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Clydesdales/Athenas (200+ lb / 91+ kg) Looking to lose that spare tire? Ideal weight 200+? Frustrated being a large cyclist in a sport geared for the ultra-light? Learn about the bikes and parts that can take the abuse of a heavier cyclist, how to keep your body going while losing the weight, and get support from others who've been successful.

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Old 02-10-13, 07:50 AM   #51
Rhodabike
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...That style of bike is also very limited in scope of use. I do want to state that I am a big supporter of bike share programs for green reasons and general public health concerns, but how many people would choose those public share bikes for daily personal use?
By bike share, do you mean public rental bikes such as Velibs? The Velib bikes in Paris get used by Parisiens every day. I saw men and women in suits, pedalling off to the office on them. They don't want to lug a bike downstairs from their apartment every morning or worry about it being stolen while at work, so they just buy a yearly subscription card and use the nearest Velib station.
Come to think of it, those bikes would probably work quite well for the O.P.s purposes. Strong frame, deep step through, easy enough to add gears in the form of a hub gear. If I were going to recommend a bike to someone who hadn't ridden in years and was intimidated both by gearing and by getting on, something like this would be on my list. Especially the hub gearing. Very easy to use, especially in traffic, so less intimidating to complete novices.
The Breezer Uptown LS comes closest to this design.
http://www.breezerbikes.com/bikes/de...uptown_8_ls_us
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Old 02-10-13, 09:42 AM   #52
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Unless university level projects have changed a lot since I was in school (think quill and ink) practical application is a significant part of the final analysis and grade. After all, the purpose of university study is to prepare you for a career in the real world.

You are absolutely right about the bike share programs though. Most of them are geared toward college students and other short distance commuters which has limited crossover to the morbidly obese looking for a way to improve fitness. That style of bike is also very limited in scope of use. I do want to state that I am a big supporter of bike share programs for green reasons and general public health concerns, but how many people would choose those public share bikes for daily personal use?
While bike share bikes certainly aren't ideal to race in a tour de france, without a doubt, they are designed to be durable because the not so nice general public will be using them. The ones that come to mind off the bat are the ones in Washington D.C. they are step thru frames and the ones that are going to be launching here in NYC are also going to be step through frames. These bikes are designed to be tough and to last, not only so they don't have to be replaced often, but also for liability purposes i'm sure. While it would be nice to be able to take a bike that looks just like the latest and greatest Cervelo and say "here you go morbidly obese person, your perfect bike" it's simply not feasible. At some point the morbidly obese do need to swallow some pride and acknowledge that the ideal bike to get them moving and improving their health, may not be the coolest looking thing out there. Form follows function, not the other way around. Things like internally geared hubs are also a great option for keeping the bike simple and is something that ALL people new to cycling could potentially find useful.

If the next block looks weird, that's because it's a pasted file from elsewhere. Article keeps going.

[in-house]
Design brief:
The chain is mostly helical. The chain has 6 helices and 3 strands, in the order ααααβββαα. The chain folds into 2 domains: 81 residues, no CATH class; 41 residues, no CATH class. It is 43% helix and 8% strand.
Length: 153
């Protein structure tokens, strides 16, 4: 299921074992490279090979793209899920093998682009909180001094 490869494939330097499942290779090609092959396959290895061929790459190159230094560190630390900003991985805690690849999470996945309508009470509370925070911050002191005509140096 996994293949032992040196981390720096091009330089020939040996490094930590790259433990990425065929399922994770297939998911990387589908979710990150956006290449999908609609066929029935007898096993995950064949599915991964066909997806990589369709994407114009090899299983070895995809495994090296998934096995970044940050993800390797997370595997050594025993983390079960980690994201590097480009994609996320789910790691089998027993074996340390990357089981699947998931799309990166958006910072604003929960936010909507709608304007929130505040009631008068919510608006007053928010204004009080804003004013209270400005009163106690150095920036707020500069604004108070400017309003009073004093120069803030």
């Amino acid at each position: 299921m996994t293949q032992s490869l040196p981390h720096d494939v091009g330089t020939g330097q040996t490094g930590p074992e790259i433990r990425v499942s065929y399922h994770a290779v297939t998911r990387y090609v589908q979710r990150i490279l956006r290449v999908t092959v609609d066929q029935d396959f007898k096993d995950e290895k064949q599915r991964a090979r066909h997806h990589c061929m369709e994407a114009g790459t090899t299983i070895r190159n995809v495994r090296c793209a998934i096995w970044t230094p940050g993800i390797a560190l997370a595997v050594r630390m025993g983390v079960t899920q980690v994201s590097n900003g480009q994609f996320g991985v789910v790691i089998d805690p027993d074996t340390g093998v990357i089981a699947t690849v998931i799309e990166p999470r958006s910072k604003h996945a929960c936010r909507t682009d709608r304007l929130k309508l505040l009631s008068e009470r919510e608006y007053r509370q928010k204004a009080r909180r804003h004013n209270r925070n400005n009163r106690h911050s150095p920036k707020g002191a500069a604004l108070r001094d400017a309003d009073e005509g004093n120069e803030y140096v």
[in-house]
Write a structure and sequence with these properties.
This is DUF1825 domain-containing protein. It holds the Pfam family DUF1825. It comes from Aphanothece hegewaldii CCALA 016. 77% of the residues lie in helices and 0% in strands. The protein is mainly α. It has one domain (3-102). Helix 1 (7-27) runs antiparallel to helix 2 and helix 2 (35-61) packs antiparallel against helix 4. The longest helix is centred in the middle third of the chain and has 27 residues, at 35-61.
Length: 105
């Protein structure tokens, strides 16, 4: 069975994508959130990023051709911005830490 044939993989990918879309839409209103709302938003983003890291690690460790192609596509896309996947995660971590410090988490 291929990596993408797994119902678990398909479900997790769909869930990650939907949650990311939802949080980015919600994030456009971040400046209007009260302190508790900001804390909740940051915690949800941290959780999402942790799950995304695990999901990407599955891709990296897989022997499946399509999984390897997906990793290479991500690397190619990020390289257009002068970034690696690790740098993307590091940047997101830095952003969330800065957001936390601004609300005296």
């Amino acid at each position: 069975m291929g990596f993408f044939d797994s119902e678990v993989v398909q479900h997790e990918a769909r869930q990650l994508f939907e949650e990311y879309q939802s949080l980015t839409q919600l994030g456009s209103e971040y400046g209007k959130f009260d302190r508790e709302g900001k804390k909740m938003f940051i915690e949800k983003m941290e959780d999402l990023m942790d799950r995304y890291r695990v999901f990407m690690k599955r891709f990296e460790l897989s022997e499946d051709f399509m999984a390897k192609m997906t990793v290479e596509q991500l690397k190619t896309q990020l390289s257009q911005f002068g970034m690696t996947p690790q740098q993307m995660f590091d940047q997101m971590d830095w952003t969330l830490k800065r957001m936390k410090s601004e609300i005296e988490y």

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Old 02-10-13, 12:13 PM   #53
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The idea of being able to rent or lease a bike why you lose weight is not a bad one. Then when the rider has lost the weight they can return the bike and get a better one, that matches there riding better.
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Old 02-10-13, 12:25 PM   #54
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Greetings Bike Forum’s members:
Our goal is to design and build a better bike for largely obese individuals(Upwards of 350 lbs). We are a group of 3 undergraduate students at the University of Colorado Boulder working with Prof. Rodger Kram. We call ourselves the “BIG BIKE” project. We need all the help we can get from real life people who have experienced the hassles of riding a bike unintended for obese riders. Here are some of the issues we need your opinions, complaints, and experiences to create the best bicycle possible:


1) Strength of the bicycle (all aspects)
2) Seat comfort
3) Gearing
4) Brakes
5) Tires/Wheels
6) Aches/Discomfort/Pain associated with riding


FYI, I am an avid bicyclist and hope to go into the profession of Physical Therapy post graduation. Any contributions or opinions about these issues are greatly appreciated.
Sincerely,
Gabe Kowalsky (gabriel.kowalsky@colorado.edu)


May I suggest starting with the tires.
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Old 02-10-13, 03:03 PM   #55
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Let me offer up some additional comments:
1) In additional to dealing with weight variations, you have height variations. It may not be obvious, but if you're, say, 5'-10", you can go down to Walmart and buy a bike and it'll fit you reasonably well. And if you're 6'-2", it just won't. So to complicate the supply of frames, you have deal with larger/smaller frames as well.